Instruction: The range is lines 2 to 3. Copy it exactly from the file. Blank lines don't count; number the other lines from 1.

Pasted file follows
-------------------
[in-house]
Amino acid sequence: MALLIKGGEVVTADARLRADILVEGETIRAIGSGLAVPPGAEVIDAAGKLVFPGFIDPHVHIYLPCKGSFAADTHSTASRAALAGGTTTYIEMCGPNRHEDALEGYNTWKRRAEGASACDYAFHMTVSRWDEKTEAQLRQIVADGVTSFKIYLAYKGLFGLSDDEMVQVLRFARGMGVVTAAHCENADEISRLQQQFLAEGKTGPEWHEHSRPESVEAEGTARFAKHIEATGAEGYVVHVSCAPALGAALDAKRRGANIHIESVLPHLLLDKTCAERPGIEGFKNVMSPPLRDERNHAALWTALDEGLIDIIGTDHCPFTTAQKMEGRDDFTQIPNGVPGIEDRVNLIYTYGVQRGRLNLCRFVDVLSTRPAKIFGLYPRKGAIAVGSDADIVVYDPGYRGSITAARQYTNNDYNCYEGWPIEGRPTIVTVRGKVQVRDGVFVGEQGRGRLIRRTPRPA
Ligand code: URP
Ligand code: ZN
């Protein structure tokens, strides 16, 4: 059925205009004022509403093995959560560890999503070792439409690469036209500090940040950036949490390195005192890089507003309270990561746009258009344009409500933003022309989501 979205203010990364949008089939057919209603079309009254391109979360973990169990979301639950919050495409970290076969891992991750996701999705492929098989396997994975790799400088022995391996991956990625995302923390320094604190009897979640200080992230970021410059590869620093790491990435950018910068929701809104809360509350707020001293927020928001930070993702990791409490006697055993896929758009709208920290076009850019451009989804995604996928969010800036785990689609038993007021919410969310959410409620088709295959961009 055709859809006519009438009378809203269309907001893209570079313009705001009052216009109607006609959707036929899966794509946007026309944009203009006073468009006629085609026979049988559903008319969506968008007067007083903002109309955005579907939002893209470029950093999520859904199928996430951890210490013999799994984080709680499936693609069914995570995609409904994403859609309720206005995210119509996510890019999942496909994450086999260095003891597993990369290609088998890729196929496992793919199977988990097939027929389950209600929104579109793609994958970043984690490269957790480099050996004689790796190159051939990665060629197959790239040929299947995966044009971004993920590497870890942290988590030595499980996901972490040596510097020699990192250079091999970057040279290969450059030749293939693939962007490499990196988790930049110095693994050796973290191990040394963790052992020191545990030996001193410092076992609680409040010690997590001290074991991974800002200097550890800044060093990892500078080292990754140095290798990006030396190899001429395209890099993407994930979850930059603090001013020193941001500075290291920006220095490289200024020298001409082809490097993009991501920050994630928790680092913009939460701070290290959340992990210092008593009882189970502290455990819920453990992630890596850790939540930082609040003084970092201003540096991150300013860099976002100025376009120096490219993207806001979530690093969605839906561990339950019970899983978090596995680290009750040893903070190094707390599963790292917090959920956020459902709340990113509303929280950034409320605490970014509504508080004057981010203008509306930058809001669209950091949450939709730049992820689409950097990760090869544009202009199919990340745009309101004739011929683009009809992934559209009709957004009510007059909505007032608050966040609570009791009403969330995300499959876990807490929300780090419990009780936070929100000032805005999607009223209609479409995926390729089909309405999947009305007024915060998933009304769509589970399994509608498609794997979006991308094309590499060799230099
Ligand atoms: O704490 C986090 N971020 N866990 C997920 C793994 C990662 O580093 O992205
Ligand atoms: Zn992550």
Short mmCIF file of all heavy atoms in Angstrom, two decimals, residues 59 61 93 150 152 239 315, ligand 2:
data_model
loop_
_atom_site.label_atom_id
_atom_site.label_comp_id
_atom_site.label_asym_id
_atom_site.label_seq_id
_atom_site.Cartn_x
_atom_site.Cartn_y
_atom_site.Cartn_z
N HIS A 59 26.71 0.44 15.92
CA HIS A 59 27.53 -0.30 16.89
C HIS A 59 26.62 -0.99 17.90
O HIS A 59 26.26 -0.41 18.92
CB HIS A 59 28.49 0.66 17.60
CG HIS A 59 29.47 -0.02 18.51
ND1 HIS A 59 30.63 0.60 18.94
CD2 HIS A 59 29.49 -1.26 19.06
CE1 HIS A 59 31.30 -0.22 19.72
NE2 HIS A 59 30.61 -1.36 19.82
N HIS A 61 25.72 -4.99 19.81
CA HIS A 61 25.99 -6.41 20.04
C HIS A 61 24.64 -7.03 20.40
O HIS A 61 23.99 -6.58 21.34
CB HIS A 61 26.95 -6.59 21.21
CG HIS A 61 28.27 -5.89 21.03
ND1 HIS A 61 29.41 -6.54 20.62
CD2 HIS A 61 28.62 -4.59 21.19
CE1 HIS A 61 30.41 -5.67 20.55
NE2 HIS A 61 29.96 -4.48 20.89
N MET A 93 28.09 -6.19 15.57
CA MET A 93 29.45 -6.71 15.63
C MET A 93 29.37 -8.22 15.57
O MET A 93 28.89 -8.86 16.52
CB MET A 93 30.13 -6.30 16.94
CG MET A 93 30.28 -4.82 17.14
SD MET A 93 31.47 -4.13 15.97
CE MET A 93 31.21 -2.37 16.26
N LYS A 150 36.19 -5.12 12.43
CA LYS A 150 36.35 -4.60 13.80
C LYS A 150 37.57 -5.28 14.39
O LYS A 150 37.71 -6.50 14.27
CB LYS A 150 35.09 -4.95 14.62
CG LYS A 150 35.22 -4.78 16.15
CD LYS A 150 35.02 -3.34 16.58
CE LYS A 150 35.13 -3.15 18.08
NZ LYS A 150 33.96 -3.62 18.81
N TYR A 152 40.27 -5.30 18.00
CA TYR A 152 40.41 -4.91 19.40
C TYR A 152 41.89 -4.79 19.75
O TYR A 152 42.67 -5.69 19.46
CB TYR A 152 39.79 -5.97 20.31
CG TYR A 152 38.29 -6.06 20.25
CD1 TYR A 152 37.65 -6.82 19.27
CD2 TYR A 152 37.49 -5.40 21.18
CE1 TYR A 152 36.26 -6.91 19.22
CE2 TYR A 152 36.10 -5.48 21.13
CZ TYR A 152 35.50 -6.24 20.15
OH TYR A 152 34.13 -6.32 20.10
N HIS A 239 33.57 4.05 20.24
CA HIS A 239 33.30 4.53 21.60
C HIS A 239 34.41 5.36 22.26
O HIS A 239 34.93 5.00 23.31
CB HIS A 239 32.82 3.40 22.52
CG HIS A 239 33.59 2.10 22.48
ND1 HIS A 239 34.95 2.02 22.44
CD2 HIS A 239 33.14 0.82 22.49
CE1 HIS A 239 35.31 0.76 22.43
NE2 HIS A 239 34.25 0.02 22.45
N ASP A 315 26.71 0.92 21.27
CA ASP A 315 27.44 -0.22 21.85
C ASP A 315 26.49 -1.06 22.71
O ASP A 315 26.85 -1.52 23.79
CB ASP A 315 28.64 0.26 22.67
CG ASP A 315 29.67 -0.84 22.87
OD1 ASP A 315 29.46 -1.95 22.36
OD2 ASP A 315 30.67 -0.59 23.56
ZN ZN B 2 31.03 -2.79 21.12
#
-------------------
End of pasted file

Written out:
Amino acid sequence: MALLIKGGEVVTADARLRADILVEGETIRAIGSGLAVPPGAEVIDAAGKLVFPGFIDPHVHIYLPCKGSFAADTHSTASRAALAGGTTTYIEMCGPNRHEDALEGYNTWKRRAEGASACDYAFHMTVSRWDEKTEAQLRQIVADGVTSFKIYLAYKGLFGLSDDEMVQVLRFARGMGVVTAAHCENADEISRLQQQFLAEGKTGPEWHEHSRPESVEAEGTARFAKHIEATGAEGYVVHVSCAPALGAALDAKRRGANIHIESVLPHLLLDKTCAERPGIEGFKNVMSPPLRDERNHAALWTALDEGLIDIIGTDHCPFTTAQKMEGRDDFTQIPNGVPGIEDRVNLIYTYGVQRGRLNLCRFVDVLSTRPAKIFGLYPRKGAIAVGSDADIVVYDPGYRGSITAARQYTNNDYNCYEGWPIEGRPTIVTVRGKVQVRDGVFVGEQGRGRLIRRTPRPA
Ligand code: URP